The captive insurance market has experienced dramatic changes over the past decade. New regulations, coupled with an ever-increasing demand for self-insurance solutions, has led the captives market to implement wholesale changes in their business operations and in their coverage areas. Regulatory hurdles will continue to shape the captives industry, and in 2019, these insurers will face significant regulatory revisions and proposals.
Among the many regulatory updates proposed for 2019, one group stands out. Proposed by the National Association of Insurance Commissioners (NAIC) Reinsurance Task Force, collateral agreements between the United States and the European Union may strongly influence how reinsurers do business. These changes are targeted for several standing regulations such as the Credit for Reinsurance Model Law. Changes to the existing Bilateral Agreement between the two governments include a proposal to do away with reinsurance collateral requirements for certain qualified reinsurers – those that have headquarters offices in a EU-member country or other non-U.S. jurisdiction (known to the NAIC as a “reciprocal jurisdiction”). Other proposals include:
Changes to regulations introduce new risks into the reinsurance model. It is uncertain what direction the U.S. government will take in regards to legal updates and regulatory provisions, which may include risks associated with the Internal Revenue Service (IRS) and other agencies. Traditionally, the IRS has viewed captive insurance companies as a high risk in terms of potential tax abuses. The agency has proposed certain changes that would more severely penalize captives if violations of the Tax Code were to take place.
Captive insurance is a valid insurance solution for companies that may face prohibitive costs of traditional insurance products. It may also be beneficial for companies that have unique business-related risks that cannot or will not be insured by traditional insurance policies. There are certain cost and tax benefits to the reinsurance model, but some of the potential risks inherent in this insurance model are poorly understood.
One of the primary risks is that of whether captive insurance is right for a given company. Smaller firms, such as small medical or dental clinics, do face unique risks in their practices, but may not be able to handle the numerous regulatory and statutory requirements involved in setting up and managing a captive. A related risk is that of the premiums, shares, and capital paid into the captive. Would a captive even be able to pay a major claim if one were made? What if multiple claims were made – is there sufficient funding set aside to pay out claims? These are important questions, and should be carefully reviewed by any entity interested in pursuing a captive insurance model.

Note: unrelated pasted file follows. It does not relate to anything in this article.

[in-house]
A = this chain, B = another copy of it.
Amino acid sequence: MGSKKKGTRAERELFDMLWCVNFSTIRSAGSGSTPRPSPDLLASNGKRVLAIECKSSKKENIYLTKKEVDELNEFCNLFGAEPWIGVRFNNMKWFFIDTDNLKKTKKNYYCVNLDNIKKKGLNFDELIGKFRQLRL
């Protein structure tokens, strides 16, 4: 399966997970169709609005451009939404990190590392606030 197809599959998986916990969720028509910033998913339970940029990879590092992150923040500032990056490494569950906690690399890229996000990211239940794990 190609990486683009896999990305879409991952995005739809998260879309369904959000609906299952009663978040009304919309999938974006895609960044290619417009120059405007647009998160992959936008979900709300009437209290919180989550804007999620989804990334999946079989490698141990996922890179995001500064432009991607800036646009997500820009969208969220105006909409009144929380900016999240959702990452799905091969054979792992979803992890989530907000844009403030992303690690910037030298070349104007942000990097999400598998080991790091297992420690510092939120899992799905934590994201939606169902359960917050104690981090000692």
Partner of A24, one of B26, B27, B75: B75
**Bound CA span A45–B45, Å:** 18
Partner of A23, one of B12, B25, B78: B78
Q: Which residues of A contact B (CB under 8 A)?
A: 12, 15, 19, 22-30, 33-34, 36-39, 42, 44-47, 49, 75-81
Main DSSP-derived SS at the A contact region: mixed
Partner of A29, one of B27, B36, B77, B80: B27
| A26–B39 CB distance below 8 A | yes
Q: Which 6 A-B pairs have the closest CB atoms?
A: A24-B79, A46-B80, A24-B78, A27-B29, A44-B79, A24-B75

To handle regulatory requirements, there are companies that specialize in providing service in setting up, managing, and handling compliance issues for captives in exchange for a fee. Another solution is to form a reinsurance pool with other related companies, such as a group of dental practices. Premiums are paid into the reinsurer fund, allowing for protection against a single dental practice having to pay claims on its own. This can mitigate substantial financial risks, but again, this model may not be suitable for all business applications.
There are many benefits to the captive insurance model. Cost savings and an ability to gain valuable insurance protection against unique risks are some of the reasons that many companies choose this insurance model over traditional commercial insurance policies. With research and the help of tax and insurance professionals, companies can balance the benefits against potential risks, allowing the company to determine if captive insurance is the logical path forward.
Caitlin Morgan Captive Services provides clients with captive insurance solutions supported by years of experience in establishing the successful formation and implementation of a wide range of captives. To learn more about how we can help you, please contact us at (317) 575-4440.